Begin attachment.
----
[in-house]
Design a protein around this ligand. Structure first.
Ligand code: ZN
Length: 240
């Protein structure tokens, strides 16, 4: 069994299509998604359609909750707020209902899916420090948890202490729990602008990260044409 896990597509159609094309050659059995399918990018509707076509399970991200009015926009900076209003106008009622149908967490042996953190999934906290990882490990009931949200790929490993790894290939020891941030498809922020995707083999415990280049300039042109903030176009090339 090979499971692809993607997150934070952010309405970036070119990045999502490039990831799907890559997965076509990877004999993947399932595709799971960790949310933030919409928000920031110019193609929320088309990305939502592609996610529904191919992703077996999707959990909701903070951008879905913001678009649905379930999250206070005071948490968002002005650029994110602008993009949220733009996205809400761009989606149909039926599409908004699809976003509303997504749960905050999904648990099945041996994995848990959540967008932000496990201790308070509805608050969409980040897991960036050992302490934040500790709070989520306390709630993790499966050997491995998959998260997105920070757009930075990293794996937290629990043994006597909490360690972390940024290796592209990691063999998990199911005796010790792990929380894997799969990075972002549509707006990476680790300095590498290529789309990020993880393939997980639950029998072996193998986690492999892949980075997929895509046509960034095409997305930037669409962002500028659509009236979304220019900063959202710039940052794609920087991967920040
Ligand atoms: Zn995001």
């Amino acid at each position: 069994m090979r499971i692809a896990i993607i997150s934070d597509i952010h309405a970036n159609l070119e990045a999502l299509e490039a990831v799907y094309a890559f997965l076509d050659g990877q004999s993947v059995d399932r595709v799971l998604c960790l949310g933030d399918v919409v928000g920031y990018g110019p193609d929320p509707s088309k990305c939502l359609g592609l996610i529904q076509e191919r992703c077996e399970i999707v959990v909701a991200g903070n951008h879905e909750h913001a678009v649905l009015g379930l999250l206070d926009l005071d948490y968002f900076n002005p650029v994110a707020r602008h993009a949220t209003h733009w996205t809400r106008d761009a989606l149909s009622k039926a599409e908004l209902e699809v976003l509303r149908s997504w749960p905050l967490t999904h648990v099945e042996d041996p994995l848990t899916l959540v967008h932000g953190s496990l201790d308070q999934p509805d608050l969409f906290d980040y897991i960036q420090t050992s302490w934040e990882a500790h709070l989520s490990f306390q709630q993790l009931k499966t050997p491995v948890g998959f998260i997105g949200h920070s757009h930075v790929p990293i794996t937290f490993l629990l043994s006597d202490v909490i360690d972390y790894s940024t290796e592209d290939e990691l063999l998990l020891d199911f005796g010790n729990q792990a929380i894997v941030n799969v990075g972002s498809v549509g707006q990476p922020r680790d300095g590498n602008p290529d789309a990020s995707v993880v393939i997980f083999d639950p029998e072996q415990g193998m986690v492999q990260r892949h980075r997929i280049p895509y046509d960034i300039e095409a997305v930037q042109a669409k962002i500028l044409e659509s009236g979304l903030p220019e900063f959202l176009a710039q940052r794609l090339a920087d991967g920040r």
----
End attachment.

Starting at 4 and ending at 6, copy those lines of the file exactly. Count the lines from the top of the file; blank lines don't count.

Length: 240
């Protein structure tokens, strides 16, 4: 069994299509998604359609909750707020209902899916420090948890202490729990602008990260044409 896990597509159609094309050659059995399918990018509707076509399970991200009015926009900076209003106008009622149908967490042996953190999934906290990882490990009931949200790929490993790894290939020891941030498809922020995707083999415990280049300039042109903030176009090339 090979499971692809993607997150934070952010309405970036070119990045999502490039990831799907890559997965076509990877004999993947399932595709799971960790949310933030919409928000920031110019193609929320088309990305939502592609996610529904191919992703077996999707959990909701903070951008879905913001678009649905379930999250206070005071948490968002002005650029994110602008993009949220733009996205809400761009989606149909039926599409908004699809976003509303997504749960905050999904648990099945041996994995848990959540967008932000496990201790308070509805608050969409980040897991960036050992302490934040500790709070989520306390709630993790499966050997491995998959998260997105920070757009930075990293794996937290629990043994006597909490360690972390940024290796592209990691063999998990199911005796010790792990929380894997799969990075972002549509707006990476680790300095590498290529789309990020993880393939997980639950029998072996193998986690492999892949980075997929895509046509960034095409997305930037669409962002500028659509009236979304220019900063959202710039940052794609920087991967920040
Ligand atoms: Zn995001």